Arguing against the extradition of Nirav Modi — the billionaire diamantaire who was arrested in London on Wednesday — his legal team pointed to a number of factors to highlight Modi’s commitment to the UK. He was represented by George Hepburne Scott, an extradition barrister at Church Court Chambers.

The team pointed to the fact that Modi’s son had been at school here for the past five years, and that Modi was attending “education courses” in the UK and was a regular tax payer. He was working on a salary of £20,000 a month for Diamond Holdings – a private limited company listed in Harrow –, and had a National Insurance number, the court, details of which were presented with payslips.

Scott said Modi strongly contested the allegations against him and had prepared comprehensive arguments to support his case, he said pointing to political motivations involved in the case against him and human rights considerations.

They had for months now expressed their willingness to cooperate and been in touch with extradition authorities, it was also argued. They also noted he had no documents to travel on. It emerged that he had had three Indian passports, all revoked by India, as well as residency cards for the UAE, Singapore and Hong Kong.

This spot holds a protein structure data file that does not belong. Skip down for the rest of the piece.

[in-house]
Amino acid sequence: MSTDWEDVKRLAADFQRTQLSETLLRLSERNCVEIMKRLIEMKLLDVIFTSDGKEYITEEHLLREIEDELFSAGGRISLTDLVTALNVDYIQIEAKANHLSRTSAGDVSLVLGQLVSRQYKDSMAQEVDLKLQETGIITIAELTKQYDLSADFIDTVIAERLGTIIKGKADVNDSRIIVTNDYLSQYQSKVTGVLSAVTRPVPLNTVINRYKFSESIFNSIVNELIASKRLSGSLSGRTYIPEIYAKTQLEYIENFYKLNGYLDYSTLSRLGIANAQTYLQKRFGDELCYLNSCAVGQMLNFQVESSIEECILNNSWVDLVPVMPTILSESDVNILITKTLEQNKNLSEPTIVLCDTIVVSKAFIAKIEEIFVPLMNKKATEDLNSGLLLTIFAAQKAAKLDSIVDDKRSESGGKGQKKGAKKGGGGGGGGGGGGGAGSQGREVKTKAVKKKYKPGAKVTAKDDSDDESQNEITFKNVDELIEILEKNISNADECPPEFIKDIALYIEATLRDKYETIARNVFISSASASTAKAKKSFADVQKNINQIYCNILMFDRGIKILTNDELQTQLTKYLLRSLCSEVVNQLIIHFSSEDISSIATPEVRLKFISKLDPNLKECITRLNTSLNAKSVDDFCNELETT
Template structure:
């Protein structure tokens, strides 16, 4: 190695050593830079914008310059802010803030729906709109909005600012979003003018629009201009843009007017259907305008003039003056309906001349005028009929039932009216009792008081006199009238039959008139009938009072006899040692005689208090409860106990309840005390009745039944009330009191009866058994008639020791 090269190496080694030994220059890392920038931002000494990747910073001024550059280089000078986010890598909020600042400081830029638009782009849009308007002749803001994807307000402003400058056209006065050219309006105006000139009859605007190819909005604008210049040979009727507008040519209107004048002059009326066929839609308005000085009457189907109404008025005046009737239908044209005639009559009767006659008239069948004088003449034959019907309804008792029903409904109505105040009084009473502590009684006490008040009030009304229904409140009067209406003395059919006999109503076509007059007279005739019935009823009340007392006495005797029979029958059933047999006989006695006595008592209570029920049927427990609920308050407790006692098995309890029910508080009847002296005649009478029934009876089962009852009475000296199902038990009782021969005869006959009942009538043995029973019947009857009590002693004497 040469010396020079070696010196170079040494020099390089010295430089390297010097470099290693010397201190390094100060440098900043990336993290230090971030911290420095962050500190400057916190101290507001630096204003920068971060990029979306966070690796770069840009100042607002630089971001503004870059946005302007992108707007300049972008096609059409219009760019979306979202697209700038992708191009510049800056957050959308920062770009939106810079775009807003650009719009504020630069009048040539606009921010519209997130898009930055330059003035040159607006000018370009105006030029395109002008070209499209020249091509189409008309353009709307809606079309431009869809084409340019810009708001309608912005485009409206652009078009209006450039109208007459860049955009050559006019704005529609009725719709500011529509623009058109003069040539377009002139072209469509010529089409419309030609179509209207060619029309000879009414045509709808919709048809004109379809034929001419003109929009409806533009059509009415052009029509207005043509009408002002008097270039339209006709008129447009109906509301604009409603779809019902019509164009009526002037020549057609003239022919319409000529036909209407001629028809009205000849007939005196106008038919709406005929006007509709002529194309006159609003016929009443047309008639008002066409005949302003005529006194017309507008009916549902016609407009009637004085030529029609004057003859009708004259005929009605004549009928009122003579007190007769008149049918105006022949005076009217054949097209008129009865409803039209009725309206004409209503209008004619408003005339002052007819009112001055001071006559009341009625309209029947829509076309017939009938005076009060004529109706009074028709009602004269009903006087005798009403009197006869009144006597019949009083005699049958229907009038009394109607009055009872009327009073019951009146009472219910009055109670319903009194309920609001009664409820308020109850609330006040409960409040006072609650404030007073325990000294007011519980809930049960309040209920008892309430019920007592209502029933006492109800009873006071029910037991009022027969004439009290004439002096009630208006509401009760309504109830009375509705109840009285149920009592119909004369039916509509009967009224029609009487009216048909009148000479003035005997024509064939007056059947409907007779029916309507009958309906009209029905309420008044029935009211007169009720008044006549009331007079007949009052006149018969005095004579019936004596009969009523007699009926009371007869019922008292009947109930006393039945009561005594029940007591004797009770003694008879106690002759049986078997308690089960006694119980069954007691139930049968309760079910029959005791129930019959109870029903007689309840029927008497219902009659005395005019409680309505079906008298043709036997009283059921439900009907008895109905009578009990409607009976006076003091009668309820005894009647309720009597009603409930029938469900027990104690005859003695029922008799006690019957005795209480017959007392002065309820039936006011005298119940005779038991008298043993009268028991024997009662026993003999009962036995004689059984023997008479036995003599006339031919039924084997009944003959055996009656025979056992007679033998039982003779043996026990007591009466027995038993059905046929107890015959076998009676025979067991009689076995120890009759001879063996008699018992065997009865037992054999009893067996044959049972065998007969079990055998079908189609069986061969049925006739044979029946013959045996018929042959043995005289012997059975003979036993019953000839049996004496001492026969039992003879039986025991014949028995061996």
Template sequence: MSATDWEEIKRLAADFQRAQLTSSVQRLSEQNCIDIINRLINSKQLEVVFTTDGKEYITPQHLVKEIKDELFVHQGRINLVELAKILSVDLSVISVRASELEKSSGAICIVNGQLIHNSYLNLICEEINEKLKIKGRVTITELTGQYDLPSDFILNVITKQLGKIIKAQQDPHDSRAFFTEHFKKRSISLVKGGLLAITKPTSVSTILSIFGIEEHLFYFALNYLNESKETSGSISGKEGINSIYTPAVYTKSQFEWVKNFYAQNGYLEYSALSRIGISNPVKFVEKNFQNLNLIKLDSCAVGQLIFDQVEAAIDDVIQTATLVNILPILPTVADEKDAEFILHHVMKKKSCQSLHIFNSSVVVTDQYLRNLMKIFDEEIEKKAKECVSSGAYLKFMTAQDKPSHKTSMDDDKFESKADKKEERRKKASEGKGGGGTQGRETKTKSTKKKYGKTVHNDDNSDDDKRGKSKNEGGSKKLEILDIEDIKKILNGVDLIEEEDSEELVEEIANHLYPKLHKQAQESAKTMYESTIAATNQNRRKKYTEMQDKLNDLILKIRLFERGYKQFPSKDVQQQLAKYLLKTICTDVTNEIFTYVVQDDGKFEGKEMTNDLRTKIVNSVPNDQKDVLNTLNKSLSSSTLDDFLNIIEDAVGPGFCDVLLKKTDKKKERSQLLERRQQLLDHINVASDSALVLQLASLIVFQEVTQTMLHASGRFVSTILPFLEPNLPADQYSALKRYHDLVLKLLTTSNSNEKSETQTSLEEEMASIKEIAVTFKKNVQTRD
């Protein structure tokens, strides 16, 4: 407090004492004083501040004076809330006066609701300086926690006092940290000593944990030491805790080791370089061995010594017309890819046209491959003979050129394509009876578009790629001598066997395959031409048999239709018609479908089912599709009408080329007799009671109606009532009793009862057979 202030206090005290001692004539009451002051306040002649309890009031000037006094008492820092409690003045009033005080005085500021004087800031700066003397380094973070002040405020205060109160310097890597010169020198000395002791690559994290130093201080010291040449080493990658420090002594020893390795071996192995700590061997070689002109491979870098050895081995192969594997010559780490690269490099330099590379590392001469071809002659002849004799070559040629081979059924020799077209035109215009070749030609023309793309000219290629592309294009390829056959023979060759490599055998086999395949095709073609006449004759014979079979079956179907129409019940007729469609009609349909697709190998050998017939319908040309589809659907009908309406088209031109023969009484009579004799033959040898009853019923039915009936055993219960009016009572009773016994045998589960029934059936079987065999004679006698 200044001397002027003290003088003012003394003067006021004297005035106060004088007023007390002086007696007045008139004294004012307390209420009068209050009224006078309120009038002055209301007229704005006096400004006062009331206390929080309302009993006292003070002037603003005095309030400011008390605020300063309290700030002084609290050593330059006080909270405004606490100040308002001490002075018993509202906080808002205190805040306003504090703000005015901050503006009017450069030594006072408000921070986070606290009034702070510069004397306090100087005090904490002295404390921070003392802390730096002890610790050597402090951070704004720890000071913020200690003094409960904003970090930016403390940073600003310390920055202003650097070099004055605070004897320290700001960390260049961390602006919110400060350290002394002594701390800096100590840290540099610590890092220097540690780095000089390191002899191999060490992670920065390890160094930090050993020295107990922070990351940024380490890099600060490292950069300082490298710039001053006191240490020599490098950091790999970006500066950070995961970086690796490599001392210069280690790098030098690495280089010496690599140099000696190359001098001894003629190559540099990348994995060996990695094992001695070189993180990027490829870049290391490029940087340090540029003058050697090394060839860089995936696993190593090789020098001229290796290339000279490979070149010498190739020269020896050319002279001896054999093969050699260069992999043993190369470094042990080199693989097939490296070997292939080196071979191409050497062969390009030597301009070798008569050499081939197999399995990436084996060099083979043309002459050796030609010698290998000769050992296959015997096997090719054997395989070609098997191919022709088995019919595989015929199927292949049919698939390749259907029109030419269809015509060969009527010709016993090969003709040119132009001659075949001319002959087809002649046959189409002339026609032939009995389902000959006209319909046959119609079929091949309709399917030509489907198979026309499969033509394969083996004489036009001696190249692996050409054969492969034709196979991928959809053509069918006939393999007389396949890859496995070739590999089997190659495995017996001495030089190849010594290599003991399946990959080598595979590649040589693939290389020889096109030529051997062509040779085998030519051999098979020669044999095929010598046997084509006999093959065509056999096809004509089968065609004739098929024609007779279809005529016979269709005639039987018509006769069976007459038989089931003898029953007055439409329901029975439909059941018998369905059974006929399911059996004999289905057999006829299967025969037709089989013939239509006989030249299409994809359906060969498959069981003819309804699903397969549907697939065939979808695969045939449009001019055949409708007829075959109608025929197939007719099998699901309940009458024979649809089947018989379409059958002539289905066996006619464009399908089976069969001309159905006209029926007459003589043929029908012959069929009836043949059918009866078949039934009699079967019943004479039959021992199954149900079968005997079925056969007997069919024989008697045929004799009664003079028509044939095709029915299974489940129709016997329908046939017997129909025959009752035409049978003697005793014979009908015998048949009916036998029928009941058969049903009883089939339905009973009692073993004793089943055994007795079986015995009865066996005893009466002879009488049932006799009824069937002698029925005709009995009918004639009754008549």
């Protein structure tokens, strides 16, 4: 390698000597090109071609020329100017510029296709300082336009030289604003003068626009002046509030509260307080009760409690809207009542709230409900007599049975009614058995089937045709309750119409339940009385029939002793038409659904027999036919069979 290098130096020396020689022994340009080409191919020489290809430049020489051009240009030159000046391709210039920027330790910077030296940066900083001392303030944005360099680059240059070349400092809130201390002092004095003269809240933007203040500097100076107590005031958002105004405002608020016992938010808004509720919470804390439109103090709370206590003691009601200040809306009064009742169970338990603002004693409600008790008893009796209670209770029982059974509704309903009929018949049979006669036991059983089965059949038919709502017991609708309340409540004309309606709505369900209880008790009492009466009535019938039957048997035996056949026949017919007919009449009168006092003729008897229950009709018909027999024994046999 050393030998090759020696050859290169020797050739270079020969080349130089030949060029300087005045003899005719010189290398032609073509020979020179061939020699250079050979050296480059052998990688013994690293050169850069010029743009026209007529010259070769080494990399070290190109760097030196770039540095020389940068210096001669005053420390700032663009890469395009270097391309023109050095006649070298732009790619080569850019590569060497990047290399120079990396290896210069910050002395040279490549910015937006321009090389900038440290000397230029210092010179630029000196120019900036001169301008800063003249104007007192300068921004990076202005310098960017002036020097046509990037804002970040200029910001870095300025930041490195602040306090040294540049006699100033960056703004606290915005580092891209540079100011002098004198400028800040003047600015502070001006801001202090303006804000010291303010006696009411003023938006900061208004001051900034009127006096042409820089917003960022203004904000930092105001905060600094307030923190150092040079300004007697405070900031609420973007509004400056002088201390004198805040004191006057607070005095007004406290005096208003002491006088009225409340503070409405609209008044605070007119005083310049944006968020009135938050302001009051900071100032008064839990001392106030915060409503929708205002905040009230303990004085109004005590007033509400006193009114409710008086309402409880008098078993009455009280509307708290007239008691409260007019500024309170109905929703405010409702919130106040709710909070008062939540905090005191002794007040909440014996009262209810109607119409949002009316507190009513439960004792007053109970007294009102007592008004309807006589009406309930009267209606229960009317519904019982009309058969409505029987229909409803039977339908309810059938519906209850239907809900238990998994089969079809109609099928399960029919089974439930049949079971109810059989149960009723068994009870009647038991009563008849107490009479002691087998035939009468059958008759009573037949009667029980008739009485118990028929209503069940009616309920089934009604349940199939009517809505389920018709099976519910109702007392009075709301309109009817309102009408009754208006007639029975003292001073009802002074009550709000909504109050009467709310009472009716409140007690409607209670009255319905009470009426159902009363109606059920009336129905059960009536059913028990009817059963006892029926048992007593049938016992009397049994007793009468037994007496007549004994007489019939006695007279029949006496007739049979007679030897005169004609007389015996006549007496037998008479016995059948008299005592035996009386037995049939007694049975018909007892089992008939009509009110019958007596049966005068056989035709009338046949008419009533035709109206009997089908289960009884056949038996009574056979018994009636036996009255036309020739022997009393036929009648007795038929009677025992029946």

However, the Crown Prosecution Service – making representations on behalf of India as it did with the Vijay Mallya extradition – objected to the request for bail, pointing to “substantial grounds” to believe that he would fail to surrender. Highlighting the UK domestic laws that would apply to Modi, the prosecution said that he would be liable on charges of conspiracy to defraud and a conspiracy to conceal here. In India, he was wanted on fraud and money laundering charges, the court was told. The hearing on March 29, will be an initial case management hearing.

It follows the arrest warrant issued last week, after Home Secretary Sajid Javid referred India’s extradition request for Modi to the court.

Modi left India in January last year, since when his precise location has been the subject of much speculation. In August last year, India handed over an extradition request to UK authorities even as his location remained unknown unknow. Earlier this month, he was captured on camera by the UK’s Daily Telegraph newspaper living in a luxury apartment block by Oxford Street.

Last June, Interpol issued a Red Notice against Modi and two others on the Enforcement Directorate’s request.

After decades during which India secured just one extradition, the past year has been a successful one with Javid signing two extradition orders — Mallya and Sanjeev Chawla, who is wanted in connection with a match-fixing scam. Among those on Modi’s legal team are Anand Doobay, a partner at Boutique Law LLP, who also represented Mallya.

The events on Thursday, mark a hastening of the extradition process. Modi had been expected to surrender to police by appointment next week, but the arrest was made after a clerk at the bank recognised Modi and alerted authorities.